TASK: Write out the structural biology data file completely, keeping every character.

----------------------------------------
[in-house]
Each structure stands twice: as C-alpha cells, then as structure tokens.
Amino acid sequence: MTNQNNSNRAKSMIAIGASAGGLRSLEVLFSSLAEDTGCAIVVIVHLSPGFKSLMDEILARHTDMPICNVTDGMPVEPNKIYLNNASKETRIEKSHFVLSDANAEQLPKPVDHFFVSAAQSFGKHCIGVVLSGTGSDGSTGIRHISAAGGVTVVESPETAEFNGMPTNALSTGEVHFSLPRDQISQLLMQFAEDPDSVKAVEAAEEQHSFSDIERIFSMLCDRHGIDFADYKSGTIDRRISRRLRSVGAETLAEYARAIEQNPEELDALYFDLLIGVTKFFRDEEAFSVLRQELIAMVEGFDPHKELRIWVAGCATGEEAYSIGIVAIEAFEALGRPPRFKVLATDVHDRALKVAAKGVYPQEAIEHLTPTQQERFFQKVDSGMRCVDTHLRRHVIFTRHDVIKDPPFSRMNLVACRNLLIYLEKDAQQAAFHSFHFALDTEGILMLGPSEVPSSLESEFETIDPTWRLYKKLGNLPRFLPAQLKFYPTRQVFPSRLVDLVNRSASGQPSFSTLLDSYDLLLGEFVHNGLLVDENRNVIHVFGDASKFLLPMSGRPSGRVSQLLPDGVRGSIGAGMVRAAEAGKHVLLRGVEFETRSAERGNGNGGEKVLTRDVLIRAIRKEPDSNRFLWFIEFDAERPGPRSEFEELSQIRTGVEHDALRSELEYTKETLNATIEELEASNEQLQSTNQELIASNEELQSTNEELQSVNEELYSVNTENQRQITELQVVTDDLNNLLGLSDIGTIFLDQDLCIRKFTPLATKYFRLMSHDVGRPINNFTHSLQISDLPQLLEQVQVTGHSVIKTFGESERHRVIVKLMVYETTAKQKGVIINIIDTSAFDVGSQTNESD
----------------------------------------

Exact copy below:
[in-house]
Each structure stands twice: as C-alpha cells, then as structure tokens.
Amino acid sequence: MTNQNNSNRAKSMIAIGASAGGLRSLEVLFSSLAEDTGCAIVVIVHLSPGFKSLMDEILARHTDMPICNVTDGMPVEPNKIYLNNASKETRIEKSHFVLSDANAEQLPKPVDHFFVSAAQSFGKHCIGVVLSGTGSDGSTGIRHISAAGGVTVVESPETAEFNGMPTNALSTGEVHFSLPRDQISQLLMQFAEDPDSVKAVEAAEEQHSFSDIERIFSMLCDRHGIDFADYKSGTIDRRISRRLRSVGAETLAEYARAIEQNPEELDALYFDLLIGVTKFFRDEEAFSVLRQELIAMVEGFDPHKELRIWVAGCATGEEAYSIGIVAIEAFEALGRPPRFKVLATDVHDRALKVAAKGVYPQEAIEHLTPTQQERFFQKVDSGMRCVDTHLRRHVIFTRHDVIKDPPFSRMNLVACRNLLIYLEKDAQQAAFHSFHFALDTEGILMLGPSEVPSSLESEFETIDPTWRLYKKLGNLPRFLPAQLKFYPTRQVFPSRLVDLVNRSASGQPSFSTLLDSYDLLLGEFVHNGLLVDENRNVIHVFGDASKFLLPMSGRPSGRVSQLLPDGVRGSIGAGMVRAAEAGKHVLLRGVEFETRSAERGNGNGGEKVLTRDVLIRAIRKEPDSNRFLWFIEFDAERPGPRSEFEELSQIRTGVEHDALRSELEYTKETLNATIEELEASNEQLQSTNQELIASNEELQSTNEELQSVNEELYSVNTENQRQITELQVVTDDLNNLLGLSDIGTIFLDQDLCIRKFTPLATKYFRLMSHDVGRPINNFTHSLQISDLPQLLEQVQVTGHSVIKTFGESERHRVIVKLMVYETTAKQKGVIINIIDTSAFDVGSQTNESD